Nick Kyrgios lost, again. And he chucked a tantrum, again. And blamed everyone except himself, again.
Kyrgios, the prodigiously talented but temperamental Aussie star, surrendered a two set lead against world number 89, Italian Andreas Seppi, in the Australian Open second round on Wednesday night. Seppi won 1-6, 6-7, 6-4, 6-2, 10-8 in an incredibly weird match where Kyrgios seemed to simply mentally clock off in the third set (read our full match report here).
But it was comments from another tennis brat that should give most food for thought.
John McEnroe, the player who lit up tennis through the 1980s with his famous incendiary temper and on-court outbursts, now thinks Kyrgios is too badly behaved.
Let that sink in for a minute.
"It's OK to show your emotions... but when he goes through those periods when he's not competing that it's just a back eye for the sport. And it's a black eye for him," he said during the broadcast of the match.
McEnroe, famous for yelling at umpires, said there was no excuse for giving up like Kyrgios seems to do.
Kyrgios yelled at his team. He threw his racquet at the floor. He swore on the court, and copped a few code violations. He basically ignored the crowd, even as they cheered hard for him as he tried to save the game. He seemed to simply give up at some points, letting easy shots slowly amble past him while he watched. His famous talent shone through in the first two sets, giving fans a glimpse of the skill that has helped to excuse some of his petulant behaviour in the past, but something seemed to click in the third set and it just evaporated.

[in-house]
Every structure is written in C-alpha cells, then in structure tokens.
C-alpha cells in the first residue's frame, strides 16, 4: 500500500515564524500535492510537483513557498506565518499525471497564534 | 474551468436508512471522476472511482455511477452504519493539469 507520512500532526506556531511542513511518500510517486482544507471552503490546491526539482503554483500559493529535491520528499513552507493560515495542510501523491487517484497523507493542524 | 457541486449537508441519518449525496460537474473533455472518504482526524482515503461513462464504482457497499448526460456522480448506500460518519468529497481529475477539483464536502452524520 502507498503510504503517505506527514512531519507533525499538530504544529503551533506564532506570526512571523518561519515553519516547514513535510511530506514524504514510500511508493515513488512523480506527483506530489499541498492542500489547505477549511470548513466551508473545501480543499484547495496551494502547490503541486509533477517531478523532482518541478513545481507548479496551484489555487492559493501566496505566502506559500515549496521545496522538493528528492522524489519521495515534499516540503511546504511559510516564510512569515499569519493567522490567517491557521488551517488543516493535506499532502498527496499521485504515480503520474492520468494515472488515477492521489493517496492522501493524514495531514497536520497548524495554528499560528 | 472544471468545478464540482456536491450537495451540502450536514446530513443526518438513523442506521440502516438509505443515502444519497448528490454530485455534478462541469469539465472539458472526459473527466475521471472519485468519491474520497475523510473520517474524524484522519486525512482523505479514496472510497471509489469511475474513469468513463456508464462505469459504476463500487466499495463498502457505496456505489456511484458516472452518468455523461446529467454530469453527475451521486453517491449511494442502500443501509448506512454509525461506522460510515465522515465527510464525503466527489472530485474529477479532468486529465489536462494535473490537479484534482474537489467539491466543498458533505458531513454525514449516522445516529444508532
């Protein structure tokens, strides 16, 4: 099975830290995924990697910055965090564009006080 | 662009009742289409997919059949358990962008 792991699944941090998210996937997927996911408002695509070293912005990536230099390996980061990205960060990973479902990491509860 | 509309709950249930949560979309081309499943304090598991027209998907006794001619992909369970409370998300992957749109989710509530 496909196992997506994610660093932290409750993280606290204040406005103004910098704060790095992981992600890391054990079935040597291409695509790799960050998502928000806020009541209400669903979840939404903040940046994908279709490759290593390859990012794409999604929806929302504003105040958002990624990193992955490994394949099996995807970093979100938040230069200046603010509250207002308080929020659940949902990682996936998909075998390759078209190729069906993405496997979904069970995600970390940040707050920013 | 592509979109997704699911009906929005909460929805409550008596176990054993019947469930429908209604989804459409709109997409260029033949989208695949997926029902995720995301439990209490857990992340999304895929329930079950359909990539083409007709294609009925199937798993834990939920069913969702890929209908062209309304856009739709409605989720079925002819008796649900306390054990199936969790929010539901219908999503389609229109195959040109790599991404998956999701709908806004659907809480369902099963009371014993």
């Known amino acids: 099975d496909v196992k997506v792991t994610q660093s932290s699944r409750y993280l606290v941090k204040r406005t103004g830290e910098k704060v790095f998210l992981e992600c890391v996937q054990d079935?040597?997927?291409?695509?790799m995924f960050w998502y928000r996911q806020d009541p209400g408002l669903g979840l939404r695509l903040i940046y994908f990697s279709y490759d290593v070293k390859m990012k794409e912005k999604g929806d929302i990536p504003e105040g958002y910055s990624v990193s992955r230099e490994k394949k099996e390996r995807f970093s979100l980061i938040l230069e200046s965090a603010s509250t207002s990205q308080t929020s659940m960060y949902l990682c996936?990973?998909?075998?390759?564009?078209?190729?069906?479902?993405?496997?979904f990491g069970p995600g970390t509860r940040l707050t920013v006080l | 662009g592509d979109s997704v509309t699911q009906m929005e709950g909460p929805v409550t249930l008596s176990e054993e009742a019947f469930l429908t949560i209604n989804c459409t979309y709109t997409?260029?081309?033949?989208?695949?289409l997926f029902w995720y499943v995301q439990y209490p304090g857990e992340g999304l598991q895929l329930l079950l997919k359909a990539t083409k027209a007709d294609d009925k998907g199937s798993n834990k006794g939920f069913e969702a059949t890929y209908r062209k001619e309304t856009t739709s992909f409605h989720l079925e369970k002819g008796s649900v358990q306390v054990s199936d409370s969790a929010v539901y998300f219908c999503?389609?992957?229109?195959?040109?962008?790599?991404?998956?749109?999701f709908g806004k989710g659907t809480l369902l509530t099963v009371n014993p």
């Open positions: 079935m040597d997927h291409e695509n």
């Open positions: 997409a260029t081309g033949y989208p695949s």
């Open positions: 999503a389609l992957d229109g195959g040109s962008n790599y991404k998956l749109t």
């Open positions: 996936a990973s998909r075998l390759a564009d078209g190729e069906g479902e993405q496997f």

Kyrgios was booed off the court. He gave a typically nonchalant press conference following the bizarre loss, blaming an injury -- "my body was sore. I was hurting" -- for his performance. Through the match, he yelled "I didn't sign up for this s**t" and, in comments directed at his team, "you did this to me, you said I would be right by Monday."
"What I don't understand and don't accept, is when he starts going into the tank and he stops trying and giving 100 percent," McEnroe said.
McEnroe, who swore at officials and often threw his racquet around, said the 21-year-old Aussie had the skill to be a world class player, but was squandering it.
"I would call it overall a damn shame, because I think he's the most talented guy in the world, maybe aged 29 or under. He could be the best player in the world, but mentally he's about 200 in the world," he said.
Fellow former tennis hothead Lleyton Hewitt was more diplomatic in his criticism.
"He kind of let himself down in a lot of ways with that," Hewitt said after the game.
"There's always going to be some blips at times and some challenges, but I think it is a bit of a wake up call for Nick as well, which he probably needed."
Of course, Kyrgios didn't take much notice of it. When told at the press conference about McEnroe's comments, he shrugged it off.
"Well, my body was sore. I was hurting," he said.
"I mean, John McEnroe, was it John McEnroe? Good on him. Great career. Good on him."
But when John McEnroe, who had such a string of bad behaviour that there's entire Youtube compilations of his tantrums, tells you that you need to shape up, maybe it's time to make a change.